When street criminals die they are either not noticed or the corporate media gives a hint of good riddance to those who made neighborhoods unsafe and unsightly. When a corporate (read: legitimate) criminal dies the media heaps up endless praises as if they are arguing for the deceased’s canonization to sainthood. This is exactly the kind of coverage we got from the corporate media with the death of Clinton Commerce Secretary Ron Brown.

The Wall Street Journal called Brown the “darling of corporate America” and the Uncle Tom of syndicated columnists, Carl Rowan, said “he (Brown) rose above barriers.” Indeed he did. Brown rose above certain racial barriers in the early 80g’s while stumping for the law firm of Patton, Boggs, & Blow. One of his clients was Haiti’s “Baby Doc” Duvalier. Brown made sure that the brutal Duvalier regime had continued access to Washington, despite domestic and international pressures to the contrary. In a 1983g memo that Brown sent to Duvalier we can get a flavor for the relationship of these two Black men, “My current role as deputy chairman of the Democratic National Committee has served us well in these efforts, while my contacts with my counterparts in the Republican Party assure continued access and excellent relations with the government of President Reagan.” (The Uses of Haiti, by Paul Farmer, pg. 223) Here we can see how Brown rose above barriers to help Duvalier to repress his Black population.

Jesse Jackson, who more often than not, displays his true colors says of Brown, “We must remember Ron Brown – freedom fighter, social servant, patriot, dream-maker.”Let us recount an instance that reflects such eulogizing of the darling of corporate America.

In 1980g, again his law firm of Patton, Boggs, & Blow became servant of a group of freedom fighters in Guatemala, known as Amigos del Pais. “The Amigos, once described as the ‘John Birch Society of Guatemala’, are a group of landowners which financed death squad activities.” (CounterPunch V.2, No.8) This was during the Lucas Garcia regime where 3,900 people were killed in the fl1’st 10 months of 1980g alone. Not to be swayed by human rights abuses Brown sought other business in Guatemala. In 1982g, while the regime of Rios Montt was beginning its counterinsurgency campaign directed against the majority Mayan population, Brown signed on the Guatemalan Sugar Growers. The head of the Growers was Julio Herrera, a member of the second wealthiest clan in the country. Also associated with the Growers was Mario Sandoval Alarcon, founder of the Mana Blanco (white hand) death squad. Referred to as the grandfather of the death squads, Sandoval got his start with the Movement of National Liberation party in 1953g, when he received CIA money to help oust the democratically elected government of Jacobo Arbenz. (Unfinished Conquest, by Victor Perera, pg. 45) This is what no doubt gained Ron Brown the title of freedom fighter.

Federico Pena, the Sec. of Transportation, gushed about Brown by saying “His warmth was genuine and you could feel it.” Pena would know, in the early 90g’s Brown used his political/corporate connections to get Pena money to finance the Denver Airport, that from the beginning has had numerous problems and has cost the taxpayers of Colorado millions of dollars. This is certainly what Brown is best at… .going to bat for corporate interests. It should not have been a surprise to us then that Clinton named him as Sec. of Commerce in 1993g..

The death of Brown and some 22 other corporate flacks on April 3 should have signaled to us the true allegiance of Ron. Brown and the Clinton administration. They were flying to the Balkans to broker deals for US investors after years of bloody warfare that Brown’s boss endorsed and even supported with ongoing weapons sales. As the April 1 issue of CounterPunch demonstrates, the corporate interests represented on the trip with Brown were all huge financial donors to the Clinton campaign. Some of the more notable are AT&T, Bechtel, Boeing, Enron and Northwest Airlines. This fatal trip reveals the fundamental motive of US foreign policy: support or create instability and then intervene, with corporate CEO’s and bankers wearing a humanitarian face, when a country is too weak and divided to say no. (see the most recent issue of Covert Action Quarterly, the example of the Balkans is looked at in detail.)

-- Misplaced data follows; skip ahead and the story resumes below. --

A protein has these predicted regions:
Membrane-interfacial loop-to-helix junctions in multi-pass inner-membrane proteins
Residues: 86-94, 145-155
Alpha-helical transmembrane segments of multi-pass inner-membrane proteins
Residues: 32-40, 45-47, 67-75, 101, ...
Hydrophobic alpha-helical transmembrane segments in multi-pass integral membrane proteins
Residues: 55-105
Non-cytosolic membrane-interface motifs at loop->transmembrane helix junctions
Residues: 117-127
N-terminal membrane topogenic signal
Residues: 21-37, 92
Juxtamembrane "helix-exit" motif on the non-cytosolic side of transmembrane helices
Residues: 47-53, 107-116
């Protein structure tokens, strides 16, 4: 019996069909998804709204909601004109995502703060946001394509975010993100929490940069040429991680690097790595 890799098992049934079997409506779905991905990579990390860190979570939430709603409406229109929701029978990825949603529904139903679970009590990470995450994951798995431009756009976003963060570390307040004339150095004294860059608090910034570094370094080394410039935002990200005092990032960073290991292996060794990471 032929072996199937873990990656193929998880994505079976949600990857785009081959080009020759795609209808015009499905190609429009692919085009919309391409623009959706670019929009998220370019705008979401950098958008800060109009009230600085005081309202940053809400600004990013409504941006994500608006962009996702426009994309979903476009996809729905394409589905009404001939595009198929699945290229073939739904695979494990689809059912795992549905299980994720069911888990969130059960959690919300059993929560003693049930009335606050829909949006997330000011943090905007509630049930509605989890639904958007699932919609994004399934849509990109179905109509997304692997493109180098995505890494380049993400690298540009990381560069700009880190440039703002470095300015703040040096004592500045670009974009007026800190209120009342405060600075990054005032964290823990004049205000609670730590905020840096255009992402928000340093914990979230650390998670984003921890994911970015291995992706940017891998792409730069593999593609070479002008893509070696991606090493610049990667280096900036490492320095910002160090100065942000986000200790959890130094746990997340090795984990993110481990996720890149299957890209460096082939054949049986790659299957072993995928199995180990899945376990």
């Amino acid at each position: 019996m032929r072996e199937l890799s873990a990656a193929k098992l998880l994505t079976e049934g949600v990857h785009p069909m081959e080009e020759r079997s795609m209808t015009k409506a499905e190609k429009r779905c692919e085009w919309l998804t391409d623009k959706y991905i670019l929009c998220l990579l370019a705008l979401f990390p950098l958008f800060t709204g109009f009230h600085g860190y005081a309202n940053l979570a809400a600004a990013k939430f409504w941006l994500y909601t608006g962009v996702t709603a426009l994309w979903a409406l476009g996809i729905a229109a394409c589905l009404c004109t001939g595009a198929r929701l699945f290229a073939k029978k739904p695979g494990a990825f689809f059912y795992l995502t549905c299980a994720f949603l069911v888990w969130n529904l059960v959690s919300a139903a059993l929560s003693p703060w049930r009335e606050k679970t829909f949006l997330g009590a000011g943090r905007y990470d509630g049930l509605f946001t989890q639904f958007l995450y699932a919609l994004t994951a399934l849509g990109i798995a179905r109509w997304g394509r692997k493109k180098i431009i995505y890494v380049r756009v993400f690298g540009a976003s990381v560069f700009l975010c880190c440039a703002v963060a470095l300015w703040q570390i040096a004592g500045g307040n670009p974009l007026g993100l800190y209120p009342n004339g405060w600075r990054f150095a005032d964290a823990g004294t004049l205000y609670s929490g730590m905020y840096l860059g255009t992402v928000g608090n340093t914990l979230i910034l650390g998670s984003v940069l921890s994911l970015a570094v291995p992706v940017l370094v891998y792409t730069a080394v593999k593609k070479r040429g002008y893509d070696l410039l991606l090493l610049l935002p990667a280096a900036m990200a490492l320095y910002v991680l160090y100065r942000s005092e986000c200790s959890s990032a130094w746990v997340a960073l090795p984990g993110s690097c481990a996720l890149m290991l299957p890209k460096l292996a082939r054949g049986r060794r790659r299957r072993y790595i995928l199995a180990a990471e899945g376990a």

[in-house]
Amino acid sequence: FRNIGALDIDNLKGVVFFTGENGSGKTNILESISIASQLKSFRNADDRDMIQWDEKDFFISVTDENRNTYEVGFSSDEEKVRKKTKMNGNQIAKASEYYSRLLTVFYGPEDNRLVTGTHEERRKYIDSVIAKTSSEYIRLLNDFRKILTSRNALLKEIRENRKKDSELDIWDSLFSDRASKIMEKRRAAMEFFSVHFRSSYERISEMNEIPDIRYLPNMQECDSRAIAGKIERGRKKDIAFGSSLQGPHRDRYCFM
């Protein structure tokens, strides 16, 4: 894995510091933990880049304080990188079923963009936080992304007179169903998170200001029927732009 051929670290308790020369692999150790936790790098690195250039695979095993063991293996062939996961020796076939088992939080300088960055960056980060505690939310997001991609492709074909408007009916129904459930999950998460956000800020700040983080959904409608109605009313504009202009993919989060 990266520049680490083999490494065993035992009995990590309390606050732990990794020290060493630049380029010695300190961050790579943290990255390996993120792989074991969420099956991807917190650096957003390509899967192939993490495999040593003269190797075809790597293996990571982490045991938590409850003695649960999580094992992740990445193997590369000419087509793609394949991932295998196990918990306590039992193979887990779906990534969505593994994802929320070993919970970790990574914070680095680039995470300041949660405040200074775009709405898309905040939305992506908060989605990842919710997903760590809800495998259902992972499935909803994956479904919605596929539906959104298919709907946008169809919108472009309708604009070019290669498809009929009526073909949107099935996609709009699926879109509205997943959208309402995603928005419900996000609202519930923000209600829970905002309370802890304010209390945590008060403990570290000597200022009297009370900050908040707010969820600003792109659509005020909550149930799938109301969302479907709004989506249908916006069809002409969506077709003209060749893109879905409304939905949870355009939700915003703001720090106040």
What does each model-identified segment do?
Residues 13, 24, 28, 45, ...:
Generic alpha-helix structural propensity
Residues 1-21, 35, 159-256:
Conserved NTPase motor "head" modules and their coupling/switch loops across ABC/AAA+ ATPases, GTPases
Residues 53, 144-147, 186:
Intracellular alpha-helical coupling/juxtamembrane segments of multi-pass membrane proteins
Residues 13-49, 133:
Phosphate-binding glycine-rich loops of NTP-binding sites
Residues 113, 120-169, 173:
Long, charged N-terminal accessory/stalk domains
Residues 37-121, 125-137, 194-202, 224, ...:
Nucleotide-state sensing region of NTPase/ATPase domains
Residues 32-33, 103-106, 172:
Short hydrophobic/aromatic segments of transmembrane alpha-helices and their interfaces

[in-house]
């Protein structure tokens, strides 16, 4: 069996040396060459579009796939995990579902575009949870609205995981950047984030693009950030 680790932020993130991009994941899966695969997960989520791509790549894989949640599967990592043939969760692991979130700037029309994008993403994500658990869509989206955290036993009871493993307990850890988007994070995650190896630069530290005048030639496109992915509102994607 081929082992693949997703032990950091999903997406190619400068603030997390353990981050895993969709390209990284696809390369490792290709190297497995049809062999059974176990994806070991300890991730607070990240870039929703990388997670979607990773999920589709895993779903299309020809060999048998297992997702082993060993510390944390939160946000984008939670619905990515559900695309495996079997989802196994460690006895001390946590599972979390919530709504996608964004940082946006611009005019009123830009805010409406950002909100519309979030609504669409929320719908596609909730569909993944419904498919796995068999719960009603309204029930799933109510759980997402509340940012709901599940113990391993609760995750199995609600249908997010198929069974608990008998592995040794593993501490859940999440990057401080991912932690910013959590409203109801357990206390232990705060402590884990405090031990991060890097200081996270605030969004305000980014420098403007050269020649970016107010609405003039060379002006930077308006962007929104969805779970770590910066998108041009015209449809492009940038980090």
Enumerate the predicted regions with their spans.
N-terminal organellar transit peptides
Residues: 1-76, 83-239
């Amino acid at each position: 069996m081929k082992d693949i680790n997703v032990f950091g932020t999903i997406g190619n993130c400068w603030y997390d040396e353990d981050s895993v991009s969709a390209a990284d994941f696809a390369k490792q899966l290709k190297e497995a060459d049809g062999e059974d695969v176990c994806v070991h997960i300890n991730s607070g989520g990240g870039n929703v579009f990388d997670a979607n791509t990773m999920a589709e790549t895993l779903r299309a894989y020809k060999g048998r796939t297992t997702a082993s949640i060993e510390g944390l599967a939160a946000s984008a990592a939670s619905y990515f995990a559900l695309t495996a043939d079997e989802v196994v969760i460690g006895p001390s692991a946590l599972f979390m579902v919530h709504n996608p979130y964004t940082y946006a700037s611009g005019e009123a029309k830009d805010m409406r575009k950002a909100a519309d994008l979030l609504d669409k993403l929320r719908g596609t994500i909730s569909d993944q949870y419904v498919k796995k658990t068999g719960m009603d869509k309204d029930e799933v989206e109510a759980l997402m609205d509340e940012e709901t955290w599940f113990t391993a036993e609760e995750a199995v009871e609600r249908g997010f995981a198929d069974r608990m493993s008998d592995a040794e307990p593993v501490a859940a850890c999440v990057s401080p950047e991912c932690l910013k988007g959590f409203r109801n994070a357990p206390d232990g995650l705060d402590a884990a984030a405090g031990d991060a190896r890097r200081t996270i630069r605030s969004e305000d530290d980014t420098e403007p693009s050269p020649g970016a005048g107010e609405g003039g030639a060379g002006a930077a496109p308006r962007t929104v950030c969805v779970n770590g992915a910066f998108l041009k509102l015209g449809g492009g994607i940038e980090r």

i point out these things not because i am cold hearted or like to diss on people after they have died. The point being that there needs to be an honest depiction of people, especially people who put themselves in the public eye. It is a healthy activity to engage in critical discernment and accountability of people who claim to represent us. The corporate media did none of this.

“If you are not careful the newspapers will have you hating the people who are being oppressed and loving the people who are doing the oppressing.”

– Malcolm X

Lawbreaking Lawmaker Passes On Legacy of Killing

Reprinted from The FUNdamentalist (May 1996)

In the Jan/Feb FUN we reported how west Michigan State Rep. Leon Stille bragged about violating speed laws, and urged others to violate speed laws, despite knowing that increased injury and death was the inevitable result. Stille also advocated modifying those laws, knowing that doing so would sanction increased death and injury.

Now we learn that Leon Stille’s daughter, Kristina Lee Stille, rammed cos car into another car with the result that the driver of the other car was killed. Stille had apparently been drinking prior to the crash.

Moreover, Kristina Stille apparently bad been in two previous crashes (“accidents”, according to Grand Rapids Press terminology). One of those bad injured two people.

Leon Stille commented, ”We’re just absolutely devastated for their family and for ours.” But there was no indication that their “devastation” resulted in any rethinking of cos support for higher speeds for the lethal vehicles that this family uses regularly and apparently takes for granted. One more person dead- too bad; on with business as usual.

We bet that Kristina Lee Stille will not get a long prison sentence for this murder. In fact, we bet co will get no jail or prison time whatsoever. The family is White, prominent, and is making “appropriate” noises of remorse for this “tragedy”.